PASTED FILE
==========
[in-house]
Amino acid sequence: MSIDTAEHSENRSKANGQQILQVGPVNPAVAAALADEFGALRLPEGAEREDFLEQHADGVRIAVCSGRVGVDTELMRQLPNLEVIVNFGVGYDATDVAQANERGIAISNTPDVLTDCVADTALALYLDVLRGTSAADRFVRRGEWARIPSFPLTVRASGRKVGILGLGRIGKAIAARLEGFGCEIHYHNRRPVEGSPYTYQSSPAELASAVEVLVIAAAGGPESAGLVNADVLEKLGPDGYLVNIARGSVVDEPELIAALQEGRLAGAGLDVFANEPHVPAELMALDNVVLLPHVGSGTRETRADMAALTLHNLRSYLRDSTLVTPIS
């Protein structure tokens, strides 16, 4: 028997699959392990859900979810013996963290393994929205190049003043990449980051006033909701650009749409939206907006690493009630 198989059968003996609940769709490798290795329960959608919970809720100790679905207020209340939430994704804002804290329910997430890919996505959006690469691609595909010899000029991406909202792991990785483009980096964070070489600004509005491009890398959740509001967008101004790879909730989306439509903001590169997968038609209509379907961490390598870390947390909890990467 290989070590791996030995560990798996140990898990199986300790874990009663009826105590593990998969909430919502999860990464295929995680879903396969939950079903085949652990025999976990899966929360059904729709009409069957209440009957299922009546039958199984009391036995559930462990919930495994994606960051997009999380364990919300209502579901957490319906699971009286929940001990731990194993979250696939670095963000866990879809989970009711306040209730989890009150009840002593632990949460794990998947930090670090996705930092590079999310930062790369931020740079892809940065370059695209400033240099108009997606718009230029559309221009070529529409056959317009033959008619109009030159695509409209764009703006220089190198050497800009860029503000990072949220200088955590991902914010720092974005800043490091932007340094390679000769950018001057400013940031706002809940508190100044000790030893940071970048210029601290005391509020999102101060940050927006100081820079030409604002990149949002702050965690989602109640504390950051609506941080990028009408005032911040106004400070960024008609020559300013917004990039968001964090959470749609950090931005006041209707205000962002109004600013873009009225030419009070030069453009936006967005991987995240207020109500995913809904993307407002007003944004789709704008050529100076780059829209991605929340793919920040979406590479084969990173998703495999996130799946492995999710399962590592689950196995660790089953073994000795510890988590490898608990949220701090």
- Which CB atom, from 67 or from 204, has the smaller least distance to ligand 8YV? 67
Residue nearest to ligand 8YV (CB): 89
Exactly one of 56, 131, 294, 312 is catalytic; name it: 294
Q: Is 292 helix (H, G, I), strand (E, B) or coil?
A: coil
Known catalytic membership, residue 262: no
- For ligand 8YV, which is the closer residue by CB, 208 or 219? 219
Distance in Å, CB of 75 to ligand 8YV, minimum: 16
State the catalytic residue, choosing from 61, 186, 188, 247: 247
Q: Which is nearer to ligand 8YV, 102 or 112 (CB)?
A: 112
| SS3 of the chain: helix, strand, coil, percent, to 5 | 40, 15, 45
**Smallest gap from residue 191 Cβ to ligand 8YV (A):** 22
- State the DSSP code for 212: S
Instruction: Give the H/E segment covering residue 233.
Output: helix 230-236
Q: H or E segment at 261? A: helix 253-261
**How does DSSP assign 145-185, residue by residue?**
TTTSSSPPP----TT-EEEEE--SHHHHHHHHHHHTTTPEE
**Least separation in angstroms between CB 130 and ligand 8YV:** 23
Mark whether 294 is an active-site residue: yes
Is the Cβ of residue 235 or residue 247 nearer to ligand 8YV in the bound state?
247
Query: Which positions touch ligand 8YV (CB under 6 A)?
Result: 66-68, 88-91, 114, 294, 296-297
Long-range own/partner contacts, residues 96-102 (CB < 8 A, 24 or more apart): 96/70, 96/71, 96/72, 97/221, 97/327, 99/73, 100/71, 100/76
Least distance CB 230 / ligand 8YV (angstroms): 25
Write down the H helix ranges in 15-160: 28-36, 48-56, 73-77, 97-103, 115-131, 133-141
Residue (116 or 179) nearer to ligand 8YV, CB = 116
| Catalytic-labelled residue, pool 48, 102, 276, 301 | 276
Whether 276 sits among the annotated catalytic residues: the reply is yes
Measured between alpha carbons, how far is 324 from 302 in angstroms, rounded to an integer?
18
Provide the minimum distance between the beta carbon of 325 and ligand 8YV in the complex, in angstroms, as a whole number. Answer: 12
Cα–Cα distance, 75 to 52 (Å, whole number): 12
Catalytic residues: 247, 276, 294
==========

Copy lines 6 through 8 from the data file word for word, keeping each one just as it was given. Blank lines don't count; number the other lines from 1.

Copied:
Exactly one of 56, 131, 294, 312 is catalytic; name it: 294
Q: Is 292 helix (H, G, I), strand (E, B) or coil?
A: coil